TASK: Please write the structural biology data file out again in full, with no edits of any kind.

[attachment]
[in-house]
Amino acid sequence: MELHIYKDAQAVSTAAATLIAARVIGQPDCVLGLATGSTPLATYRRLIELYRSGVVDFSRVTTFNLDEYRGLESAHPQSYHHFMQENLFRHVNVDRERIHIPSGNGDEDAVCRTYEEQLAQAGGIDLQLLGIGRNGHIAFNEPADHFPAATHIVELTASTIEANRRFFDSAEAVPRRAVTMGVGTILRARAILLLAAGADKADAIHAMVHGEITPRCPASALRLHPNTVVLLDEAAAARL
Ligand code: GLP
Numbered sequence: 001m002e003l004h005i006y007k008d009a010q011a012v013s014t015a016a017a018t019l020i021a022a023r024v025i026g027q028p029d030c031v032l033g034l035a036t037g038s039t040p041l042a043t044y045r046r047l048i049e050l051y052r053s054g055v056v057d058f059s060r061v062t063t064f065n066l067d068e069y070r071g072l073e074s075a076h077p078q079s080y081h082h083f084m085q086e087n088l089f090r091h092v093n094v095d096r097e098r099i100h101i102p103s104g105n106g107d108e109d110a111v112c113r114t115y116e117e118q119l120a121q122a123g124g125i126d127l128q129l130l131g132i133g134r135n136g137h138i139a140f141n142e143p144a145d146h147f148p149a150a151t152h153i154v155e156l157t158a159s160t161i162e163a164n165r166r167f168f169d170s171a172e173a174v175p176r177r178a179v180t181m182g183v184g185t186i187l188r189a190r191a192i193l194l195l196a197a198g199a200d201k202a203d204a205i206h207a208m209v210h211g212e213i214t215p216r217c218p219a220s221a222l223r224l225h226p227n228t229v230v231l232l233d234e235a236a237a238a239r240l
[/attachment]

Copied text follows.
[in-house]
Amino acid sequence: MELHIYKDAQAVSTAAATLIAARVIGQPDCVLGLATGSTPLATYRRLIELYRSGVVDFSRVTTFNLDEYRGLESAHPQSYHHFMQENLFRHVNVDRERIHIPSGNGDEDAVCRTYEEQLAQAGGIDLQLLGIGRNGHIAFNEPADHFPAATHIVELTASTIEANRRFFDSAEAVPRRAVTMGVGTILRARAILLLAAGADKADAIHAMVHGEITPRCPASALRLHPNTVVLLDEAAAARL
Ligand code: GLP
Numbered sequence: 001m002e003l004h005i006y007k008d009a010q011a012v013s014t015a016a017a018t019l020i021a022a023r024v025i026g027q028p029d030c031v032l033g034l035a036t037g038s039t040p041l042a043t044y045r046r047l048i049e050l051y052r053s054g055v056v057d058f059s060r061v062t063t064f065n066l067d068e069y070r071g072l073e074s075a076h077p078q079s080y081h082h083f084m085q086e087n088l089f090r091h092v093n094v095d096r097e098r099i100h101i102p103s104g105n106g107d108e109d110a111v112c113r114t115y116e117e118q119l120a121q122a123g124g125i126d127l128q129l130l131g132i133g134r135n136g137h138i139a140f141n142e143p144a145d146h147f148p149a150a151t152h153i154v155e156l157t158a159s160t161i162e163a164n165r166r167f168f169d170s171a172e173a174v175p176r177r178a179v180t181m182g183v184g185t186i187l188r189a190r191a192i193l194l195l196a197a198g199a200d201k202a203d204a205i206h207a208m209v210h211g212e213i214t215p216r217c218p219a220s221a222l223r224l225h226p227n228t229v230v231l232l233d234e235a236a237a238a239r240l